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The Very Small Person   By: (1862-)

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[Illustration: That is where we play I mean it is most pleasant there]

The Very Small Person


Annie Hamilton Donnell

Author of "Rebecca Mary"

Illustrated by Elizabeth Shippen Green

New York and London

Harper & Brothers Publishers



I. Little Blue Overalls II. The Boy III. The Adopted IV. Bobby Unwelcome V. The Little Girl Who Should Have Been a Boy VI. The Lie VII. The Princess of Make Believe VIII. The Promise IX. The Little Lover X. The Child XI. The Recompense


That is where we play I mean it is most pleasant there Little Blue Overalls climbed into a chair 'Fore I'd lean my chin on folks's gates and watch 'em! She stayed there a week a month a year It was worse than creepy, creaky noises I can't play ... I'm being good Murray had ... seen the vision, too Elizabeth

Chapter I

Little Blue Overalls

Miss Salome's face was gently frowning as she wrote.

"Dear John," the letter began, "It's all very well except one thing. I wonder you didn't think of that. I'm thinking of it most of the time, and it takes away so much of the pleasure of the rose garden and the raspberry bushes! Anne is in raptures over the raspberry bushes.

"Yes, the raspberries and the roses are all right. And I like the stone wall with the woodbine over it. (Good boy, you remembered that, didn't you?) And the apple tree and the horse chestnut and the elm of course I like them.

"The house is just big enough and just small enough, and there's a trunk closet, as I stipulated. And Anne's room has a 'southern exposure' Anne's crazy spot is southern exposures. Mine's it . Dear, dear, John, how could you forget it! That everything else closets and stone walls and exposures should be to my mind but that! Well, I am thinking of moving out, before I move in. But I haven't told Anne. Anne is the kind of person not to tell, until the last moment. It saves one's nerves heigh ho! I thought I was coming here to get away from nerves! I was so satisfied. I really meant to thank you, John, until I discovered it. Oh yes, I know Elizabeth is looking over your shoulder, and you two are saying something that is unfit for publication about old maids! My children, then thank the Lord you aren't either of you old maids. Make the most of it."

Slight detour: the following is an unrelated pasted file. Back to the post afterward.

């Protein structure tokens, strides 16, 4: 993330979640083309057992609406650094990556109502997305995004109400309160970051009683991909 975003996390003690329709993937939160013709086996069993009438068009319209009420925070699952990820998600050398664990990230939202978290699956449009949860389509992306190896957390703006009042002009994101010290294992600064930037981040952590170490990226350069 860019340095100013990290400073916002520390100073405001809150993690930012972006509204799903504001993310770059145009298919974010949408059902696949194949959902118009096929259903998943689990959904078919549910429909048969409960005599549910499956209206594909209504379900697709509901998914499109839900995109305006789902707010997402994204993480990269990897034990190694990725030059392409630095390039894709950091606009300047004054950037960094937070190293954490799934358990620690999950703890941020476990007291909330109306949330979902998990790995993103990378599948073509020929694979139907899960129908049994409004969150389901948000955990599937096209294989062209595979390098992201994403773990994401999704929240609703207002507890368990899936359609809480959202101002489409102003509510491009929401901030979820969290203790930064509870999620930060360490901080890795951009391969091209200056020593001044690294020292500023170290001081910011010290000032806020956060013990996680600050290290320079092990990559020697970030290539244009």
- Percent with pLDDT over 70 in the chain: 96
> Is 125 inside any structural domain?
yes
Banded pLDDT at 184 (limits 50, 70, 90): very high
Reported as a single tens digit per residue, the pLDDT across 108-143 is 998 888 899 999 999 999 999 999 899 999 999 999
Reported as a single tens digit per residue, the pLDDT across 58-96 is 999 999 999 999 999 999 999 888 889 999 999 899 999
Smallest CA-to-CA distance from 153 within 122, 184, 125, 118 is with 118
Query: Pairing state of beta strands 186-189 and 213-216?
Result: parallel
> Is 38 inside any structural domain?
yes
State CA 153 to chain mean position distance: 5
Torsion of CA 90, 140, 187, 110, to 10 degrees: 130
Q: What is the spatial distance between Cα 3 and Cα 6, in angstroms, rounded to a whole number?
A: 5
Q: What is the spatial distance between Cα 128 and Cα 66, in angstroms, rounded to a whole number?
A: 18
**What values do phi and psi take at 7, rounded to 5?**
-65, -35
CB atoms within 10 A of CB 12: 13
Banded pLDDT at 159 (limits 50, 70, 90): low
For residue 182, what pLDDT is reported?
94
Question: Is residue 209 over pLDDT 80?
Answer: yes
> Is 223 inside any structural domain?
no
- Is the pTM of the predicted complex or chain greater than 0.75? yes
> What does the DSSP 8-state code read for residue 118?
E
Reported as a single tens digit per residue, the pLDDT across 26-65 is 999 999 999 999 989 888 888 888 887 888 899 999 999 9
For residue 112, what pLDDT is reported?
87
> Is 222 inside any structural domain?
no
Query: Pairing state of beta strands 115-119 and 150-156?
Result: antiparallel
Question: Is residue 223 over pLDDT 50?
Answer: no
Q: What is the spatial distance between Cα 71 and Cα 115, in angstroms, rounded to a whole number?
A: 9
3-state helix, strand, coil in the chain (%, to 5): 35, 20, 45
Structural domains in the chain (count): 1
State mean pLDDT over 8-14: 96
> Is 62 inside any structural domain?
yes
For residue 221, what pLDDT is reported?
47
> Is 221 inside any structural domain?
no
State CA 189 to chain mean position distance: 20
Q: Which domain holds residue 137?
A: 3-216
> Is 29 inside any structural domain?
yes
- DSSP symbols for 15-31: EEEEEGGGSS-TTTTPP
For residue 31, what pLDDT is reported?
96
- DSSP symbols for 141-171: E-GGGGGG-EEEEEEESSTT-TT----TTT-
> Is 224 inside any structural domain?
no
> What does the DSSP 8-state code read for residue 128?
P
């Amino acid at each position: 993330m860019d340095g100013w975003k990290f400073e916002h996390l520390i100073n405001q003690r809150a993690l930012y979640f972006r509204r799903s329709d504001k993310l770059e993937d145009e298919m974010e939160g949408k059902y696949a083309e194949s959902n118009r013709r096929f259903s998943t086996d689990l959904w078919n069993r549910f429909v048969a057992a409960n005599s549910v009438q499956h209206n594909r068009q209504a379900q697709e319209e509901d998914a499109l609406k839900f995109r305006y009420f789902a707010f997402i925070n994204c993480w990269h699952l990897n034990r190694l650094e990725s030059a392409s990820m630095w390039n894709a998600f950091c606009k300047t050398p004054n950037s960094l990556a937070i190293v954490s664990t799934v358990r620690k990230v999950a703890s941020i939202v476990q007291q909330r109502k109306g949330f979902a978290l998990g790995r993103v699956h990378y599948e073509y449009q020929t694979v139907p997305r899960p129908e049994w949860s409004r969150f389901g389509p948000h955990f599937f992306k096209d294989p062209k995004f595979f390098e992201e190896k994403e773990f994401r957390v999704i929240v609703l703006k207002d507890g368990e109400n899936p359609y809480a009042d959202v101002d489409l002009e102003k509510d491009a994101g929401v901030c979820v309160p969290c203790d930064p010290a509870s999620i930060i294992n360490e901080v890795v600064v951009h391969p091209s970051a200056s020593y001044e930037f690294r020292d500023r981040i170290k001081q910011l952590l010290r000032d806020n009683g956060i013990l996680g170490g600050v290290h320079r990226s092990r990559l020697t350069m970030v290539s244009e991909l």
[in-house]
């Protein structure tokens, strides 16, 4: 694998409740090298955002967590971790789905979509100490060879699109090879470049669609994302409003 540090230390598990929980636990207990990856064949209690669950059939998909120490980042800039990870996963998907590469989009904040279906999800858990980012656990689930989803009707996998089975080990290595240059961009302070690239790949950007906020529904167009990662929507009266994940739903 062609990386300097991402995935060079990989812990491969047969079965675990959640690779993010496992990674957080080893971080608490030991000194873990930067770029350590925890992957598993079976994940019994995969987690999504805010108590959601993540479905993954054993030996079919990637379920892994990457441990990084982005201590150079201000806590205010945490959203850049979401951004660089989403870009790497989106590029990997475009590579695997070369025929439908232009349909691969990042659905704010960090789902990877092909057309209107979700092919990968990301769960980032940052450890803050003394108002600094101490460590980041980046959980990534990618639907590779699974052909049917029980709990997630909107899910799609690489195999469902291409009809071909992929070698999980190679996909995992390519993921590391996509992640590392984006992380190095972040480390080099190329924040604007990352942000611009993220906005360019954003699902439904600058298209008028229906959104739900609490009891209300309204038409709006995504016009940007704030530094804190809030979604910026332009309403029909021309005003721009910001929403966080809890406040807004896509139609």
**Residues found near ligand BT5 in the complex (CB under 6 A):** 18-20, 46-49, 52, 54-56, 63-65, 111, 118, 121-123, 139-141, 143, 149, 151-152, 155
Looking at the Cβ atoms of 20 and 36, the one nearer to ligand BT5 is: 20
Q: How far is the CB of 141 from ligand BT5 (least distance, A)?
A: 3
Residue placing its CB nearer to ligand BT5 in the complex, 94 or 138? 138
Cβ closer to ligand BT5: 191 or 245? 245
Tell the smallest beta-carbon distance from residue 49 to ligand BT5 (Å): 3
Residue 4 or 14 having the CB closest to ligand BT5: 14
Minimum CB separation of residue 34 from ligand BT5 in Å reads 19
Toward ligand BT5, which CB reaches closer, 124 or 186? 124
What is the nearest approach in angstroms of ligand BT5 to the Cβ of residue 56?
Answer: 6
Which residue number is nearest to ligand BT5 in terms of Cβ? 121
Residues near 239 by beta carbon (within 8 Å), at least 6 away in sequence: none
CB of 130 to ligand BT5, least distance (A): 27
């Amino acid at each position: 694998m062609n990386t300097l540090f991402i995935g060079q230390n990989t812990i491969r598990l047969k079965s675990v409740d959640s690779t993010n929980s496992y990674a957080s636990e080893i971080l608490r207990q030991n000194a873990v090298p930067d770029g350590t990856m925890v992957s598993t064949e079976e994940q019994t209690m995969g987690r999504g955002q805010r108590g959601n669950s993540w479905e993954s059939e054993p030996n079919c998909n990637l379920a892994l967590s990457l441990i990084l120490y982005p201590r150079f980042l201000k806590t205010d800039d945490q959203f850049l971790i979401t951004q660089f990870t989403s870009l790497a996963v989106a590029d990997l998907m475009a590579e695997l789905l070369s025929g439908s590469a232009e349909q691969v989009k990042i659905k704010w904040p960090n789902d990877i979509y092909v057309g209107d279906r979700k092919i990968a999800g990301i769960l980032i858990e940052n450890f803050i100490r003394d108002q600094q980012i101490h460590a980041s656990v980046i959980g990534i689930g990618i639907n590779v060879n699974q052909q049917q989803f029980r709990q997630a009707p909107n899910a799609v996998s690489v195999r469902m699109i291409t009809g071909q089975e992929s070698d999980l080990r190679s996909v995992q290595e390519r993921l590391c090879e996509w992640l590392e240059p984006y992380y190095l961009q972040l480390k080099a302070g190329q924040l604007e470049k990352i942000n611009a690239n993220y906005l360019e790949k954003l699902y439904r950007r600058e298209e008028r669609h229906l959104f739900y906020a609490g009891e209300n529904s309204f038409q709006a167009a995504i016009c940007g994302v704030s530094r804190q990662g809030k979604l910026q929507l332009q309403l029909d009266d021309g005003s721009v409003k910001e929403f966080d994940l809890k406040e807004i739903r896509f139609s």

Miss Salome let her pen slip to the bare floor and gazed before her wistfully. The room was in the dreary early stages of unpacking, but it was not of that Miss Salome was thinking. Her eyes were gazing out of the window at a thin gray trail of smoke against the blue ground of the sky. She could see the little house, too, brown and tiny and a little battered. She could see the clothes line, and count easily enough the pairs of little stockings on it. She caught up the pen again fiercely.

"There are eight," she wrote. "Allowing two legs to a child, doesn't that make four? John Dearborn, you have bought me a house next door to four children! I think I shall begin to put the books back to night. As ill luck will have it, they are all unpacked.

"I have said nothing to Anne; Anne has said nothing to me. But we both know. She has counted the stockings too. We are both old maids. No, I have not seen them yet anything but their stockings on the clothes line. But the mother is not a washer woman there is no hope. I don't know how I know she isn't a washer woman, but I do. It is impressed upon me. So there are four children, to say nothing of the Lord knows how many babies still in socks! I cannot forgive you, John."

Miss Salome had been abroad for many years. Stricken suddenly with homesickness, she and her ancient serving woman, Anne, had fled across seas to their native land. Miss Salome had first commissioned John, long suffering John, adviser, business manager, brother, to find her a snug little home with specified adjuncts of trunk closets, elm, apple, and horse chestnut trees, woodbiney stone walls and a "southern exposure" for Anne... Continue reading book >>

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